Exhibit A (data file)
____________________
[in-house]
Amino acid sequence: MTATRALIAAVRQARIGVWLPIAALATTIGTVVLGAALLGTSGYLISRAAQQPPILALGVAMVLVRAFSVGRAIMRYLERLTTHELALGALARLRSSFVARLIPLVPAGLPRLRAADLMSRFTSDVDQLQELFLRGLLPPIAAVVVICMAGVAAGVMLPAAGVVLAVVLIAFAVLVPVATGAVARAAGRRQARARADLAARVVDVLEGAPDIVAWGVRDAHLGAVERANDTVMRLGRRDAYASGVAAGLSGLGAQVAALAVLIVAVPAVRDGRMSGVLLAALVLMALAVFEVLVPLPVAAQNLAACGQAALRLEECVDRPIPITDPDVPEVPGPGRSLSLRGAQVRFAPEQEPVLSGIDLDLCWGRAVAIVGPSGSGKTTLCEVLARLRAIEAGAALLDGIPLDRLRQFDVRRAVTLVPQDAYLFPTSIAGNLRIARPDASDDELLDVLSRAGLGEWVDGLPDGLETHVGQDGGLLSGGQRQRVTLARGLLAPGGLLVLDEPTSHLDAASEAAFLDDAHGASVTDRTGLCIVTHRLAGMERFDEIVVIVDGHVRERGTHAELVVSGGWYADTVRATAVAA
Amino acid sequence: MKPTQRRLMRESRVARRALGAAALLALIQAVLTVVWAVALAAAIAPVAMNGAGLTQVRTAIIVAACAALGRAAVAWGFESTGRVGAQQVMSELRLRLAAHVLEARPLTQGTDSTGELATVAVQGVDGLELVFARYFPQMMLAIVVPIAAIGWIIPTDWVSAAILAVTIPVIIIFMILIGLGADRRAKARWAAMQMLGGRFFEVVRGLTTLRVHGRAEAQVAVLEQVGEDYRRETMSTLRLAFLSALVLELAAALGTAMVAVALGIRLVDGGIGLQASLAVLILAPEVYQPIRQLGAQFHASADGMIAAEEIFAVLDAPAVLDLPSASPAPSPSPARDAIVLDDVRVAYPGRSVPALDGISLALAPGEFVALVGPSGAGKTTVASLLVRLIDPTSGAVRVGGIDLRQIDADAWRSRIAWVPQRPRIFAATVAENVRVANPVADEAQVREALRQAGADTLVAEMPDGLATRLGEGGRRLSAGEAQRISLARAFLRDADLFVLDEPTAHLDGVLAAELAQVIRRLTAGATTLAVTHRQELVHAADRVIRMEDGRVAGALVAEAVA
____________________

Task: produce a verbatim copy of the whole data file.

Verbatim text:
[in-house]
Amino acid sequence: MTATRALIAAVRQARIGVWLPIAALATTIGTVVLGAALLGTSGYLISRAAQQPPILALGVAMVLVRAFSVGRAIMRYLERLTTHELALGALARLRSSFVARLIPLVPAGLPRLRAADLMSRFTSDVDQLQELFLRGLLPPIAAVVVICMAGVAAGVMLPAAGVVLAVVLIAFAVLVPVATGAVARAAGRRQARARADLAARVVDVLEGAPDIVAWGVRDAHLGAVERANDTVMRLGRRDAYASGVAAGLSGLGAQVAALAVLIVAVPAVRDGRMSGVLLAALVLMALAVFEVLVPLPVAAQNLAACGQAALRLEECVDRPIPITDPDVPEVPGPGRSLSLRGAQVRFAPEQEPVLSGIDLDLCWGRAVAIVGPSGSGKTTLCEVLARLRAIEAGAALLDGIPLDRLRQFDVRRAVTLVPQDAYLFPTSIAGNLRIARPDASDDELLDVLSRAGLGEWVDGLPDGLETHVGQDGGLLSGGQRQRVTLARGLLAPGGLLVLDEPTSHLDAASEAAFLDDAHGASVTDRTGLCIVTHRLAGMERFDEIVVIVDGHVRERGTHAELVVSGGWYADTVRATAVAA
Amino acid sequence: MKPTQRRLMRESRVARRALGAAALLALIQAVLTVVWAVALAAAIAPVAMNGAGLTQVRTAIIVAACAALGRAAVAWGFESTGRVGAQQVMSELRLRLAAHVLEARPLTQGTDSTGELATVAVQGVDGLELVFARYFPQMMLAIVVPIAAIGWIIPTDWVSAAILAVTIPVIIIFMILIGLGADRRAKARWAAMQMLGGRFFEVVRGLTTLRVHGRAEAQVAVLEQVGEDYRRETMSTLRLAFLSALVLELAAALGTAMVAVALGIRLVDGGIGLQASLAVLILAPEVYQPIRQLGAQFHASADGMIAAEEIFAVLDAPAVLDLPSASPAPSPSPARDAIVLDDVRVAYPGRSVPALDGISLALAPGEFVALVGPSGAGKTTVASLLVRLIDPTSGAVRVGGIDLRQIDADAWRSRIAWVPQRPRIFAATVAENVRVANPVADEAQVREALRQAGADTLVAEMPDGLATRLGEGGRRLSAGEAQRISLARAFLRDADLFVLDEPTAHLDGVLAAELAQVIRRLTAGATTLAVTHRQELVHAADRVIRMEDGRVAGALVAEAVA